Tutorial: Getting Started with DirectWrite

This document shows you how to use DirectWrite and Direct2D to create simple text that contains a single format, and then text that contains multiple formats.

This tutorial contains the following parts:

Source Code

The source code shown in this overview is taken from the DirectWrite Hello World sample. Each part is implemented in a separate class (SimpleText and MultiformattedText) and is displayed in a separate child window. Each class represents a Microsoft Win32 window. In addition to the WndProc method, each class contains the following methods:

Function Description
CreateDeviceIndependentResources Creates resources that are device independent, so they can be reused anywhere.
DiscardDeviceIndependentResources Releases the device-independent resources after they are no longer needed.
CreateDeviceResources Creates resources, such as brushes and render targets, that are tied to a particular device.
DiscardDeviceResources Releases the device-dependent resources after they are no longer needed.
DrawD2DContent Uses Direct2D to render to the screen.
DrawText Draws the text string by using Direct2D.
OnResize Resizes the Direct2D render target when the window size is changed.


You can use the sample provided, or use the instructions that follow to add DirectWrite and Direct2D to your own Win32 application. For more information about the sample and the associated project files, see the DirectWriteHelloWorld sample.

Drawing Simple Text

This section shows how to use DirectWrite and Direct2D to render simple text that has a single format, as shown in the following screen shot.

screen shot of "hello world using directwrite!" in a single format

Drawing simple text to the screen requires four components:

  • A character string to render.
  • An instance of IDWriteTextFormat.
  • The dimensions of the area to contain the text.
  • An object that can render the text. In this tutorial. you use a Direct2D render target.

The IDWriteTextFormat interface describes the font-family name, size, weight, style, and stretch used to format text, and it describes locale information. IDWriteTextFormat also defines methods for setting and getting the following properties:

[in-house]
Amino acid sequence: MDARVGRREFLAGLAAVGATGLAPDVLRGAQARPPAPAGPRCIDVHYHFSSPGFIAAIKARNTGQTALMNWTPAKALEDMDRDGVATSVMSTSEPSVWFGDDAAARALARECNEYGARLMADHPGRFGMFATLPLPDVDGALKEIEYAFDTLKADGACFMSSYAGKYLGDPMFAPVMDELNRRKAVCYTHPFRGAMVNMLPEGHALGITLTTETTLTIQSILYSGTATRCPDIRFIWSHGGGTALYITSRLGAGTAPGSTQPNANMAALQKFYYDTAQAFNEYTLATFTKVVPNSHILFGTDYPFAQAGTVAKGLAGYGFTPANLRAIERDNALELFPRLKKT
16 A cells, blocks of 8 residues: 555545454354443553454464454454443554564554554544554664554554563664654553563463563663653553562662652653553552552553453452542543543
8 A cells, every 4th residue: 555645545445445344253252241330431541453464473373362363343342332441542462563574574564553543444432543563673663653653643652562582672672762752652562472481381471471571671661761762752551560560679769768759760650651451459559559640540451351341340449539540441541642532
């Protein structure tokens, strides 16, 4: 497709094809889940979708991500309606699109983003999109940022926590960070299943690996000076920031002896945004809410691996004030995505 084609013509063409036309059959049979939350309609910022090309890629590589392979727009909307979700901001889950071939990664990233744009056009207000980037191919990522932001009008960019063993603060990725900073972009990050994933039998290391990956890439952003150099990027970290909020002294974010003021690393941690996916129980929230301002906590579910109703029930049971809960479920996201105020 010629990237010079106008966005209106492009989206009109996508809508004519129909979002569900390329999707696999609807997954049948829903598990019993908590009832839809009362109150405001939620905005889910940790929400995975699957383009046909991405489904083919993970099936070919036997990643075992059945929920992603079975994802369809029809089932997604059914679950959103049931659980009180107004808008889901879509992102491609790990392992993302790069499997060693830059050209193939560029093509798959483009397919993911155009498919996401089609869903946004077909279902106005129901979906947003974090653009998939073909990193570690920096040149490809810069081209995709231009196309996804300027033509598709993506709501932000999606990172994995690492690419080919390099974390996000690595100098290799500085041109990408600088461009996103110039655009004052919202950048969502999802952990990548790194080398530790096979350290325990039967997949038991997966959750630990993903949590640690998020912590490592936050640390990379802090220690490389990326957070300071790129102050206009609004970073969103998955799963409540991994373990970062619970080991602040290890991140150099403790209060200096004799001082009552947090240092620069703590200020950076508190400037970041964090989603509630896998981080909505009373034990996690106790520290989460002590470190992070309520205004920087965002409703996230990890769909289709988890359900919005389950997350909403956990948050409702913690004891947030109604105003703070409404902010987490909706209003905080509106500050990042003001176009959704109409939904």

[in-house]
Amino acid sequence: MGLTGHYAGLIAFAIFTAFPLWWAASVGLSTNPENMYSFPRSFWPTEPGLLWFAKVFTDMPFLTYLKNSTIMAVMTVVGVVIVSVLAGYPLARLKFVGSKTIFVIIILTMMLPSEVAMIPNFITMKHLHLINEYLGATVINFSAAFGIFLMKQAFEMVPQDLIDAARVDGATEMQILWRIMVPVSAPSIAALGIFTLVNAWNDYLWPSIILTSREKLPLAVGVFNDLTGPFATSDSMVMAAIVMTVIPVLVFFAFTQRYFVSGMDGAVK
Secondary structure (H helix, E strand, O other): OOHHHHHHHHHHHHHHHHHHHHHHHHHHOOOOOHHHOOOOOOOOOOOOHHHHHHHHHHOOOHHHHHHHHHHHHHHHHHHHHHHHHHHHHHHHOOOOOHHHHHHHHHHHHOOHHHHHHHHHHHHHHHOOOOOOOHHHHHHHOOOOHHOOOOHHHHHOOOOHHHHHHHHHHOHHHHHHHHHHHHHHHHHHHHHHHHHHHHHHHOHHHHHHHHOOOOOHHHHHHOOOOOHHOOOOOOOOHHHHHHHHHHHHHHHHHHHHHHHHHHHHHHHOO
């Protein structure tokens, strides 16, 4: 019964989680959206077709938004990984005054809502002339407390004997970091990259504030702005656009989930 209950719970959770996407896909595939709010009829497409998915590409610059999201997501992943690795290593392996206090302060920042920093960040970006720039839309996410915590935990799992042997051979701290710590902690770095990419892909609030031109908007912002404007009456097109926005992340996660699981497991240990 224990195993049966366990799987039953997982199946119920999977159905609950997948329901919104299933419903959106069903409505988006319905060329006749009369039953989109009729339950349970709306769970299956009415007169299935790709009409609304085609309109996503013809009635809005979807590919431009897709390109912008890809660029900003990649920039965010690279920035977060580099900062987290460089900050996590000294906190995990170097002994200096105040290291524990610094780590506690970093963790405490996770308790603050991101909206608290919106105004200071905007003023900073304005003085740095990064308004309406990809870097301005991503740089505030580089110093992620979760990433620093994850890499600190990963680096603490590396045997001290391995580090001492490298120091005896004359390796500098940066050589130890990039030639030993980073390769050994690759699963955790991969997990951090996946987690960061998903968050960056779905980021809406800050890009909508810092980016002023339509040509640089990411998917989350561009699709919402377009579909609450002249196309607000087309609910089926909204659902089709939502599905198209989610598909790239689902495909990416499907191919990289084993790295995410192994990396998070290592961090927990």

• The line spacing.
  • The text alignment relative to the left and right edges of the layout box.
  • The paragraph alignment relative to the top and bottom of the layout box.
  • The reading direction.
  • The text trimming granularity for text that overflows the layout box.
  • The incremental tab stop.
  • The paragraph flow direction.

The IDWriteTextFormat interface is required for drawing text that uses both of the processes described in this document .

Before you can create an IDWriteTextFormat object, or any other DirectWrite object, you need an IDWriteFactory instance. You use an IDWriteFactory to create IDWriteTextFormat instances and other DirectWrite objects. To obtain a factory instance, use the DWriteCreateFactory function.

Part 1: Declare DirectWrite and Direct2D Resources.

In this part, you declare the objects that you will use later for creating and displaying text as private data members of your class. All of the interfaces, functions, and datatypes for DirectWrite are declared in the dwrite.h header file, and those for Direct2D are declared in the d2d1.h; if you haven't already done this, include these headers in your project.

  1. In your class header file (SimpleText.h), declare pointers to IDWriteFactory and IDWriteTextFormat interfaces as private members.

    IDWriteFactory* pDWriteFactory_;
    IDWriteTextFormat* pTextFormat_;
  2. Declare members to hold the text string to render and the length of the string.

    const wchar_t* wszText_;
    UINT32 cTextLength_;
  3. Declare pointers to ID2D1Factory, ID2D1HwndRenderTarget, and ID2D1SolidColorBrush interfaces for rendering the text with Direct2D.

    ID2D1Factory* pD2DFactory_;
    ID2D1HwndRenderTarget* pRT_;
    ID2D1SolidColorBrush* pBlackBrush_;

Part 2: Create Device Independent Resources.